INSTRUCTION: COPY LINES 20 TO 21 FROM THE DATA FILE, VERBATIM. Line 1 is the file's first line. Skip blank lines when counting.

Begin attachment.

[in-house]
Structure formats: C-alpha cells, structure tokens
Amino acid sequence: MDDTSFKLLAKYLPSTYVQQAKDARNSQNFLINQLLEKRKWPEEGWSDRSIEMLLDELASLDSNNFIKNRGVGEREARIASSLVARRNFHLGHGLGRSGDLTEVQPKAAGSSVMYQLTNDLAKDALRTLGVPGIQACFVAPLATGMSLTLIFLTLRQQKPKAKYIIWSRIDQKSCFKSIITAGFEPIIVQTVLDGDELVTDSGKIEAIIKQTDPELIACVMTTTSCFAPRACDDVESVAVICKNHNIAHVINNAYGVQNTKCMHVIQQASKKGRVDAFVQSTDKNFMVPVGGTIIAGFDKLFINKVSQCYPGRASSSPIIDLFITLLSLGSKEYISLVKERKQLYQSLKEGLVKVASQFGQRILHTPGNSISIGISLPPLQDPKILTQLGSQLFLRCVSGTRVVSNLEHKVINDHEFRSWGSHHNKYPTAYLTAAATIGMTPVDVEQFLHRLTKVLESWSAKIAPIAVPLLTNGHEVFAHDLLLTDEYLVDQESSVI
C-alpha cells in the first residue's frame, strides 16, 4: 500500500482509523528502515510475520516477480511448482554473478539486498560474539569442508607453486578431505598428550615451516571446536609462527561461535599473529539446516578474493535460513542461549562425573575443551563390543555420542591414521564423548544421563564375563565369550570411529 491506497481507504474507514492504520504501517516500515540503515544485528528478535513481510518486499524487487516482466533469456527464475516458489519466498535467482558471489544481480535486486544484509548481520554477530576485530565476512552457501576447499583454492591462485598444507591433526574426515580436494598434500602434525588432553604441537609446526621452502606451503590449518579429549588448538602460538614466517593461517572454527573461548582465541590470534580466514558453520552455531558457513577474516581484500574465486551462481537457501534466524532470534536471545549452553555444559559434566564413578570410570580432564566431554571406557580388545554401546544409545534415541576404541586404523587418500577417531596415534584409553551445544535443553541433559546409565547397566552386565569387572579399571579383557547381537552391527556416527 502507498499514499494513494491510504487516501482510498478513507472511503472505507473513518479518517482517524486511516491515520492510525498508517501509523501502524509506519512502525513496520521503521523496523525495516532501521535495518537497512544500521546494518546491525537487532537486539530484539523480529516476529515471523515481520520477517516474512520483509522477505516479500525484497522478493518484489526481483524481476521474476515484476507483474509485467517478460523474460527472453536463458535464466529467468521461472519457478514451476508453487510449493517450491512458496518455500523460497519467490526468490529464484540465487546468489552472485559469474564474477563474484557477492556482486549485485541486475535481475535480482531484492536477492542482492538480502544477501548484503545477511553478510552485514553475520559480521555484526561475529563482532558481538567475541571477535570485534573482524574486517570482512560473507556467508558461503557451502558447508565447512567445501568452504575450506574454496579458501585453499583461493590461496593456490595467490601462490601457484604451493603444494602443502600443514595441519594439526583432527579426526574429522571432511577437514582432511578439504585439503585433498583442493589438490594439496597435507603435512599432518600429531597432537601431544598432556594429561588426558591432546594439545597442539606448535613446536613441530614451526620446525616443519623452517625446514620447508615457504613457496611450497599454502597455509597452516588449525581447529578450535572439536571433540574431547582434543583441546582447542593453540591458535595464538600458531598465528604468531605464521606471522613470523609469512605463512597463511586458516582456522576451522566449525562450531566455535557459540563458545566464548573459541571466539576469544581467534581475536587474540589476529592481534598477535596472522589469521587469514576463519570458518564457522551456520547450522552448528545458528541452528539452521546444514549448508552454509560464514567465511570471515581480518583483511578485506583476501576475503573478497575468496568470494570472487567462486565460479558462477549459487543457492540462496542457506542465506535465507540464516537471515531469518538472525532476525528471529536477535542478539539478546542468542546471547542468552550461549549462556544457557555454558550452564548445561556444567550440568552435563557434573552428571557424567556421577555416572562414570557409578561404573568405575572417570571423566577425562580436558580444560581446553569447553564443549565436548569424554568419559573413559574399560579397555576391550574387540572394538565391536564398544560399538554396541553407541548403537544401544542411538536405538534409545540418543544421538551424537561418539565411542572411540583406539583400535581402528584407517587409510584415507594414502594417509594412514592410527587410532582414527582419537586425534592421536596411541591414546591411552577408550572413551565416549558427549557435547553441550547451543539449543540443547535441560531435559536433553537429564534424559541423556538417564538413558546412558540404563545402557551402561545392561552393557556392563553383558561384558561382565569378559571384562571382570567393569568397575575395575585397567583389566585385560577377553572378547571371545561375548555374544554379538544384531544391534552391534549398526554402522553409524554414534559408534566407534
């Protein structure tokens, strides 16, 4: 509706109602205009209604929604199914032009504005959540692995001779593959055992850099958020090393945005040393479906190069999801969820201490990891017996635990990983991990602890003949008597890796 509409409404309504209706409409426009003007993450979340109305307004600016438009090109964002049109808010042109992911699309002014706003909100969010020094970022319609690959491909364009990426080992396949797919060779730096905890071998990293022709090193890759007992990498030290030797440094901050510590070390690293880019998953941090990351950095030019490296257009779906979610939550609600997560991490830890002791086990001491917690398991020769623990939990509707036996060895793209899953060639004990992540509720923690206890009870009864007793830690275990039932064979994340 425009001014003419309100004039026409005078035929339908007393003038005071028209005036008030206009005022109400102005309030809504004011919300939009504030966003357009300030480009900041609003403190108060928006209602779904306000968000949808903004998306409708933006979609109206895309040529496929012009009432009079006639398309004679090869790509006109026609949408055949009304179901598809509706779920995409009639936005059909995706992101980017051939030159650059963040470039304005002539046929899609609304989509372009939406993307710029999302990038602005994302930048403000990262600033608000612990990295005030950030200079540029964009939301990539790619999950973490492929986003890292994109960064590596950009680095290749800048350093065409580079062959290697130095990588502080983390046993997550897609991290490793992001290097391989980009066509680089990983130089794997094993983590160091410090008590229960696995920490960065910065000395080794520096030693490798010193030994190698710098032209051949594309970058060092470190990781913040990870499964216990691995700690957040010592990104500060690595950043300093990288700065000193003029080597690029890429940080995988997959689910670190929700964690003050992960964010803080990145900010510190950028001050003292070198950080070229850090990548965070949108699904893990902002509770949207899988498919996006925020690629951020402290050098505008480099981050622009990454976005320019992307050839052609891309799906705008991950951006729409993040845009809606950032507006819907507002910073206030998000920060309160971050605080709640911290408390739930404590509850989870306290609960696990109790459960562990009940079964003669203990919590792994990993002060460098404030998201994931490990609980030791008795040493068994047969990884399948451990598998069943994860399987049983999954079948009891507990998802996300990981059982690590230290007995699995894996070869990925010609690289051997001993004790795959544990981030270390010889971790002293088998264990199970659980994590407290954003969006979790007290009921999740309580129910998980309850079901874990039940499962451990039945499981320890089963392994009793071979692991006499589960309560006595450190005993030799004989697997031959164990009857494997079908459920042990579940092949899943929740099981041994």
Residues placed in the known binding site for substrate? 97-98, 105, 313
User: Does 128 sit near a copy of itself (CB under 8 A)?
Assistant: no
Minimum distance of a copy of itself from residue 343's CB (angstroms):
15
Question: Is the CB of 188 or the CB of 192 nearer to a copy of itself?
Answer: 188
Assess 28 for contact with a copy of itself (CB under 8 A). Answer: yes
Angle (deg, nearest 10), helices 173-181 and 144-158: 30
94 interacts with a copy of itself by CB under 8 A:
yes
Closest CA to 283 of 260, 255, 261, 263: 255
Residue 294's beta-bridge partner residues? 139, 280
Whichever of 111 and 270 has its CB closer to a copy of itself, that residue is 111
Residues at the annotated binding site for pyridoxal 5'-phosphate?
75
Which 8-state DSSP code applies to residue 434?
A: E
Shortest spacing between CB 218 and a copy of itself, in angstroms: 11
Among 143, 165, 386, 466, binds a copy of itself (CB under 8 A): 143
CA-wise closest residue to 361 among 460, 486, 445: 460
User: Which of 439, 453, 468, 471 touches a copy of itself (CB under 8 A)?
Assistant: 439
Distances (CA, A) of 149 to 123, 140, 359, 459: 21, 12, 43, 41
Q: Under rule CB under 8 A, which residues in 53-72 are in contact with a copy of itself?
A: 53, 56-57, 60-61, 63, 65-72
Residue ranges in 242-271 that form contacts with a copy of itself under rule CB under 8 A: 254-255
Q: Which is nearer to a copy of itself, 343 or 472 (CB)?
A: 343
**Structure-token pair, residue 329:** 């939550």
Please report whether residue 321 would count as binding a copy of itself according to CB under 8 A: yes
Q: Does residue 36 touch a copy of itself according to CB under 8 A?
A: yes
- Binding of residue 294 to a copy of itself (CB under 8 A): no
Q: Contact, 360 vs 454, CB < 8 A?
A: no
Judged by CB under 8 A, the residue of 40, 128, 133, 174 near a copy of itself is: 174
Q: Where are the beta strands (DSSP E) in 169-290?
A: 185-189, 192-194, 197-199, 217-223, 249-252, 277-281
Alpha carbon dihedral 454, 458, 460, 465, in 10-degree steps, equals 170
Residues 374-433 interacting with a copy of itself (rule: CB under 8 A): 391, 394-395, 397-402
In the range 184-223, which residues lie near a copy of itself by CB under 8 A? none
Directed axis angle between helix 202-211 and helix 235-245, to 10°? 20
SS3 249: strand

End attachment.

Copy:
Residues at the annotated binding site for pyridoxal 5'-phosphate?
75